In March of 2016, the circuit court held a jury trial. At the conclusion of the trial, the jury found petitioner guilty of one count of breaking and entering, one count of petit larceny, and two counts of conspiracy to commit breaking and entering. As such, the circuit court adjudicated petitioner to be delinquent as to those offenses. Pending disposition, the circuit court ordered that custody of petitioner continue at his current juvenile facility and directed the probation department to prepare a dispositional report regarding petitioner's future placement.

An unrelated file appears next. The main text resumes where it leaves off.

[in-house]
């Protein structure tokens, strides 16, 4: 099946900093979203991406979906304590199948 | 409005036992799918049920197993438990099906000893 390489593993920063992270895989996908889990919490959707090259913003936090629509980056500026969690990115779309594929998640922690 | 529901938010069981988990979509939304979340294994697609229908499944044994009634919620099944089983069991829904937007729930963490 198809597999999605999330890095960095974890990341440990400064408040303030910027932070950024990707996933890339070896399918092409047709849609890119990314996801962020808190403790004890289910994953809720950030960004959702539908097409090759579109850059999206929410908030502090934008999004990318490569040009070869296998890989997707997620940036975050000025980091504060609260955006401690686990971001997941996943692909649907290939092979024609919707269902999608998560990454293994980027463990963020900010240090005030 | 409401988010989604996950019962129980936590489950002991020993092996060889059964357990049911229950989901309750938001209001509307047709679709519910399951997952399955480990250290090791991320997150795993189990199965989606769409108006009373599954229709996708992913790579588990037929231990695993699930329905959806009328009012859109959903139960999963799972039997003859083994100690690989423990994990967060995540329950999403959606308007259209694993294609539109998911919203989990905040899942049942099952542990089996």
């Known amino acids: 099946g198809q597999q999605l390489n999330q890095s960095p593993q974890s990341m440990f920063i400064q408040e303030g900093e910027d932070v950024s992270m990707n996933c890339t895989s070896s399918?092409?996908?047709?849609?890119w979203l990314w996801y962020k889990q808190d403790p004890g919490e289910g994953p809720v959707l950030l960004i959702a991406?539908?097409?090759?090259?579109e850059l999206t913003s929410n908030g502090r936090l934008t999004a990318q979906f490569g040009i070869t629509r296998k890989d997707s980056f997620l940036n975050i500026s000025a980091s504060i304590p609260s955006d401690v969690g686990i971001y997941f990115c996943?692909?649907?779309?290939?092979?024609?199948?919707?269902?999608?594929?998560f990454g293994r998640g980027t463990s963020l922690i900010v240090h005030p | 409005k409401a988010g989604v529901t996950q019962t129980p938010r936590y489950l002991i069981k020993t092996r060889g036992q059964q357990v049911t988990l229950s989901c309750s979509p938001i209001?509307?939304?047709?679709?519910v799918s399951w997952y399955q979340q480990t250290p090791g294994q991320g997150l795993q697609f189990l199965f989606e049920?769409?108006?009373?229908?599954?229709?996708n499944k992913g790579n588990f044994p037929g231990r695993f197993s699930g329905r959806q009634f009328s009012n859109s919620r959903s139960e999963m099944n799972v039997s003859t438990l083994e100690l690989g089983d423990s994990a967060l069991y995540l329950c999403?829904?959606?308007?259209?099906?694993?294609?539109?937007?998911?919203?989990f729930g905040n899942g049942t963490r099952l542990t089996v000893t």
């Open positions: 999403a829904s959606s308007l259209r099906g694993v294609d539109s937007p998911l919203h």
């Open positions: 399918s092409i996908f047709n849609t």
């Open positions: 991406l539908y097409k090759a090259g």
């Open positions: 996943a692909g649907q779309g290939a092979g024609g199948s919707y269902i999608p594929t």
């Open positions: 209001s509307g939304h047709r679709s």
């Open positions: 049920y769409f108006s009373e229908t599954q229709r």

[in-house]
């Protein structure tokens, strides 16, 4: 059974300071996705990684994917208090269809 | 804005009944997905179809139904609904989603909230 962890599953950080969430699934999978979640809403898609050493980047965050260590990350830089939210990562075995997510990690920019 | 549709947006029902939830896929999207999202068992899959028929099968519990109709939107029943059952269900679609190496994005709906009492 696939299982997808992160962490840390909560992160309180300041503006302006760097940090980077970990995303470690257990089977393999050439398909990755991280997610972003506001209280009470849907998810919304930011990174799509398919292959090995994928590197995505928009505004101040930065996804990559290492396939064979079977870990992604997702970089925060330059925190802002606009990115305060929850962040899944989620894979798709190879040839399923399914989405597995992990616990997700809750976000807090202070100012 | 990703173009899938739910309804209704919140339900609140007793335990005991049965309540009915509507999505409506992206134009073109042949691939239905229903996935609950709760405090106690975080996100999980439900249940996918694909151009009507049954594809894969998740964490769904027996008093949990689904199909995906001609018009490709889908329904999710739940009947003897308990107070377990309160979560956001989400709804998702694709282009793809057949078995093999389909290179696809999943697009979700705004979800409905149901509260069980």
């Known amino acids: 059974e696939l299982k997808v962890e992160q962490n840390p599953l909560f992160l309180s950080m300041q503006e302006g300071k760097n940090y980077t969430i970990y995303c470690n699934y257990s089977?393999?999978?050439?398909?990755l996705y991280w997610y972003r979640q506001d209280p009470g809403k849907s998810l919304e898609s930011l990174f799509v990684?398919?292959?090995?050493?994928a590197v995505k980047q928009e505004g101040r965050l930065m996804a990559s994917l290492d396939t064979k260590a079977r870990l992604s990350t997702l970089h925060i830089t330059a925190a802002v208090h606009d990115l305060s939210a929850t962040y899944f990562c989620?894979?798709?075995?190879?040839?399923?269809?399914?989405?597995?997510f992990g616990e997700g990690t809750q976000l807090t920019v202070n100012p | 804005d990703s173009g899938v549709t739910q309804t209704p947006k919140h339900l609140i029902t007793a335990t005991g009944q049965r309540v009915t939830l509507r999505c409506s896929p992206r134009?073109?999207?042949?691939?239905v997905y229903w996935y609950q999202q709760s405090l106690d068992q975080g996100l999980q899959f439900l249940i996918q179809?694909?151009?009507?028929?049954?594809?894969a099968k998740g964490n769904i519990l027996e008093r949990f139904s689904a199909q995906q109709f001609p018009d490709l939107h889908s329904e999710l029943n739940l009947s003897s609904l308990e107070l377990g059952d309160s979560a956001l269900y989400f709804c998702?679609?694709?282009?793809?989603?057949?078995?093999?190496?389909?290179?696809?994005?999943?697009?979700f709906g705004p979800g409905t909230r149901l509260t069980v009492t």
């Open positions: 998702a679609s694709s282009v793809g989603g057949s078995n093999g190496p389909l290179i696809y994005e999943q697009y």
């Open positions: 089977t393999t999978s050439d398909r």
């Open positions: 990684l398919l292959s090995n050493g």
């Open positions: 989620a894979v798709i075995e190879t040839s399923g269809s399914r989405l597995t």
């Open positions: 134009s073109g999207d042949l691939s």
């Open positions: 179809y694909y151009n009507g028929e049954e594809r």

In May of 2016, the circuit court held a dispositional hearing, during which petitioner requested that he be released into the custody of the Summit Academy, a private residential school in the Commonwealth of Pennsylvania. Petitioner also requested that a psychological evaluation be performed to aid in the circuit court's placement decision. According to petitioner, his probation officer also recommended placement at the Summit Academy, and the multidisciplinary team ("MDT"), which met prior to sentencing, recommended placement in a structured program that would prepare him for possible release on probation. The circuit court also heard evidence that petitioner's parents, with whom he did not reside prior to incarceration, were willing to accept custody. The circuit court denied petitioner's request and instead placed him in the custody of the Division of Juvenile Services for placement in a juvenile facility until the age of twenty-one. In making its determination, the circuit court considered the seriousness of petitioner's crimes, his denial of responsibility, the lack of familial support, and his high risk of recidivism as established by his Youth Level of Service/Case Management Inventory ("YLSCMI") score. According to the circuit court, this placement would better serve petitioner's interests because he would receive assistance in learning a skill or trade and completing his education. In August of 2016, petitioner filed a motion to modify disposition, which the circuit court denied by order entered that same month. It is from the dispositional order that petitioner appeals.